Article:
Saturday, May 06, 2006

'North Country' ...

I can't remember the last time a movie made me so uncomfortable and so angry.

Not that any workplace is immune from sexual harrassment, but I've been lucky enough to work in a white-collar world where the large majority of men are presumed to be ever-so-slightly more evolved than the cretins portrayed in this film.

Which isn't to say I've never heard an inappropriate comment, but it's easy to forgive the occasional gaffe. Boys will be boys. And even I'll agree that we've gotten a little out of control with political correctness. Every word that's ever uttered can be misconstrued if you try hard enough.

But the outright hostility and humiliation that the women in this movie were expected to endure, because they were "taking jobs away from men who need them," well, Jesus. I almost had to press Stop.

I often wonder about bad behavior. I'm fascinated, for example, by the suggestion that Scott Peterson and other sociopaths literally lack the functionality in their brains that act as conscience. Because that's the only logical explanation for the heinous acts some people perpetrate against others. How does O.J. face himself every morning? How can he play golf? How can he have a cocktail? How can he simply live his life every day? How has his memory not destroyed him yet? I want to believe that there's some biological or chemical reason to explain how someone can be so unfathomably cruel to another person.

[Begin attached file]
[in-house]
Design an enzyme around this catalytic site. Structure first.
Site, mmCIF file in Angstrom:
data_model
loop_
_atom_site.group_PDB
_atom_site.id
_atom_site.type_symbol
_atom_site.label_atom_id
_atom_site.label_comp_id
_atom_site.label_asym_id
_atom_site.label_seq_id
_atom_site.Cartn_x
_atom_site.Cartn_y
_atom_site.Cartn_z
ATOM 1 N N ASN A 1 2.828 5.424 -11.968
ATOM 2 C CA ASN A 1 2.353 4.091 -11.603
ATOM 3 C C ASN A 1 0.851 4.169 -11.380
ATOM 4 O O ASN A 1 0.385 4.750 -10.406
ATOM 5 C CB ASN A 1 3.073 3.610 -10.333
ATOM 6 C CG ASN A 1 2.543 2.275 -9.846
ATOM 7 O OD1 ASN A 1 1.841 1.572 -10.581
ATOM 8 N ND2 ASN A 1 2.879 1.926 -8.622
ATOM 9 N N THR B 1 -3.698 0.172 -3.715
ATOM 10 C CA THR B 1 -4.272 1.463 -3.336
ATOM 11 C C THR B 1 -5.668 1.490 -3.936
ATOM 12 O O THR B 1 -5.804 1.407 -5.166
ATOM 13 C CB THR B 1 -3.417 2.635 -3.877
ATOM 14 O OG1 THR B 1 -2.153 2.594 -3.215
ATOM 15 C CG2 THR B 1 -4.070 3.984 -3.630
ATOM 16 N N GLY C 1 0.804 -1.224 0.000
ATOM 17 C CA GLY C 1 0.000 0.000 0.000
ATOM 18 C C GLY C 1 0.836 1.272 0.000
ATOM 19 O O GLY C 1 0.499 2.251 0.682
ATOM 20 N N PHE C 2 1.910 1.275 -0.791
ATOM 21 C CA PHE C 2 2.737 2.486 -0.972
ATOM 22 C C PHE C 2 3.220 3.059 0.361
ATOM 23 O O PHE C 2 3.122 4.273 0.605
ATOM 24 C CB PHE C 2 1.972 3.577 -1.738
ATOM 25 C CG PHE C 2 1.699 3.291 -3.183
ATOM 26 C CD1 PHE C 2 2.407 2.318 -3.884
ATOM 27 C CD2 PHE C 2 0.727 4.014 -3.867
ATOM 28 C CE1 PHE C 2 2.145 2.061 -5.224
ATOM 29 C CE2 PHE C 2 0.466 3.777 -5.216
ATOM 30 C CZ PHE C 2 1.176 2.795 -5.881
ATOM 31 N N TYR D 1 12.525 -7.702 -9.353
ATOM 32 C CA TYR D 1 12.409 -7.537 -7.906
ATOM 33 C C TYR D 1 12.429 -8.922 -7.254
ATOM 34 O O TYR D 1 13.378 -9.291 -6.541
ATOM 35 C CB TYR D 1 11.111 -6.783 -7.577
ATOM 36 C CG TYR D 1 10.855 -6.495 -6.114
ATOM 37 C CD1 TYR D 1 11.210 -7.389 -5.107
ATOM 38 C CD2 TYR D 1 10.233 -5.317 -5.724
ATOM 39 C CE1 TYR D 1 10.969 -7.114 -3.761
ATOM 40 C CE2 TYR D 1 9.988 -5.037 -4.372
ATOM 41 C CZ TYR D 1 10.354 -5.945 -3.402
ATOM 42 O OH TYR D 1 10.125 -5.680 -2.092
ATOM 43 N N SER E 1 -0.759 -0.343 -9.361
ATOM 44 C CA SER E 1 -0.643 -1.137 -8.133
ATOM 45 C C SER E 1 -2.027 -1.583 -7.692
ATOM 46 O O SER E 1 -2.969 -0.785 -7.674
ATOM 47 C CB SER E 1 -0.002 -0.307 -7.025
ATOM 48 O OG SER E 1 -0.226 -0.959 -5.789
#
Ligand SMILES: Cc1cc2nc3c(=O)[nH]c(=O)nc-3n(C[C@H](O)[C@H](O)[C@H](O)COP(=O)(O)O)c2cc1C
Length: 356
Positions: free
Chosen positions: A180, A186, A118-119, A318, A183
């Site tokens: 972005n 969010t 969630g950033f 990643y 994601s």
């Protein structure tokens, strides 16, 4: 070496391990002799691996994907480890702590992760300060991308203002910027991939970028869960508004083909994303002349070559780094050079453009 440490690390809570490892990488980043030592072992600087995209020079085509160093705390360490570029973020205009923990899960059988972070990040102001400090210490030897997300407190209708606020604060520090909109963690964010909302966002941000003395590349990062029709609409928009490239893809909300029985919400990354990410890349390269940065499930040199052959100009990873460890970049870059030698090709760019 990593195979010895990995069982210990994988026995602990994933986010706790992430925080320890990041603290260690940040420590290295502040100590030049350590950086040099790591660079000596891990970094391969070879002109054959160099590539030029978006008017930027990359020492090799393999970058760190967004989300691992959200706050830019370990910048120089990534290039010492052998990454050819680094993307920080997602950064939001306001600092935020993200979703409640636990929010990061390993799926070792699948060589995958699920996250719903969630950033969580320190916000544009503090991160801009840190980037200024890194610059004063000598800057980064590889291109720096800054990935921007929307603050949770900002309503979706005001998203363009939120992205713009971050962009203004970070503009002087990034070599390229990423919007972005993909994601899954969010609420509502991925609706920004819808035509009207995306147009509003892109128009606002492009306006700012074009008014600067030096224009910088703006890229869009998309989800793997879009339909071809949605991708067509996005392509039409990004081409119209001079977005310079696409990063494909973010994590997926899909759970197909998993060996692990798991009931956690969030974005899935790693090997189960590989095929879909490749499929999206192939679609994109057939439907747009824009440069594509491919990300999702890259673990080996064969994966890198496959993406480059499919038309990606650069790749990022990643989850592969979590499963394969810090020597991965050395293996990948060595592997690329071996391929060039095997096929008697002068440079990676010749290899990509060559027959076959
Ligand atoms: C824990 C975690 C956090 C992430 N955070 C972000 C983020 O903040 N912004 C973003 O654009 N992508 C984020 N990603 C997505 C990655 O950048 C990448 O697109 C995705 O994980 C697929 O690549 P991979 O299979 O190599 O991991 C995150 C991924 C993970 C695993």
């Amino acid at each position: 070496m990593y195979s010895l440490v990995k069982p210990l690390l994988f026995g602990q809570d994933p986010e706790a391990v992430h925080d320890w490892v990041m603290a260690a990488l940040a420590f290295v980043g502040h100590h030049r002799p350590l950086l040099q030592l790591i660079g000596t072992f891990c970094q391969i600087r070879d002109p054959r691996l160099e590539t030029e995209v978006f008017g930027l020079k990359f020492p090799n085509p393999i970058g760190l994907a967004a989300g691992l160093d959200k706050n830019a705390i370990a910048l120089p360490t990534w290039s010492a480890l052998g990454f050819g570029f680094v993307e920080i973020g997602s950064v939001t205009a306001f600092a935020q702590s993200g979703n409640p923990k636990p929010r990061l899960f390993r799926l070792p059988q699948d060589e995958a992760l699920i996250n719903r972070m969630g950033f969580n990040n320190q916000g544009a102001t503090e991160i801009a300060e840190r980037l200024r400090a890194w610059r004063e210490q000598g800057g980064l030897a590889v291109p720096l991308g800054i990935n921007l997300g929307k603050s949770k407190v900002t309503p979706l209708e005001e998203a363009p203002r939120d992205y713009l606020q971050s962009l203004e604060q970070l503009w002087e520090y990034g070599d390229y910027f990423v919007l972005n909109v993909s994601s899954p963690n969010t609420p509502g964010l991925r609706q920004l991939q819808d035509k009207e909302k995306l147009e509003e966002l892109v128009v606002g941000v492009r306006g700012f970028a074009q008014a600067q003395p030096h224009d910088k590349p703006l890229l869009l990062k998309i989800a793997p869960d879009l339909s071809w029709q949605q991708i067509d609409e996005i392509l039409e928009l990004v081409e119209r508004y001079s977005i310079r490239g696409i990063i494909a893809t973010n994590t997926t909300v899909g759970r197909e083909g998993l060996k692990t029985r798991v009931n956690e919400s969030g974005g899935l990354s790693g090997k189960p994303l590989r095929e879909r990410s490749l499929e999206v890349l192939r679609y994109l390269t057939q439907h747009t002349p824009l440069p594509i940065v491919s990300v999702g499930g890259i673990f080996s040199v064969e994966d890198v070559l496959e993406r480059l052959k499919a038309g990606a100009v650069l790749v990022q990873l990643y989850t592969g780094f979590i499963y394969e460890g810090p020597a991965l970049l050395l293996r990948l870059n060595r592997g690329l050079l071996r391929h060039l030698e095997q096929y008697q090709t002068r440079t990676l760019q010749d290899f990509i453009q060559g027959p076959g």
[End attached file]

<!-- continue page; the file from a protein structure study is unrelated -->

Of course, in this movie, we're not talking about murder. We're just talking about rape and debasement and incessant humiliation. But the questions remain: How do men like that live with themselves? How were they raised, that they seem to find no fault with their behavior?

Some of the men in the film were clearly disturbed by what they witnessed. Of course, they did nothing about it. Which makes them cowards.

But cowardice I can understand.

The rest of it, though ... There's no excuse.

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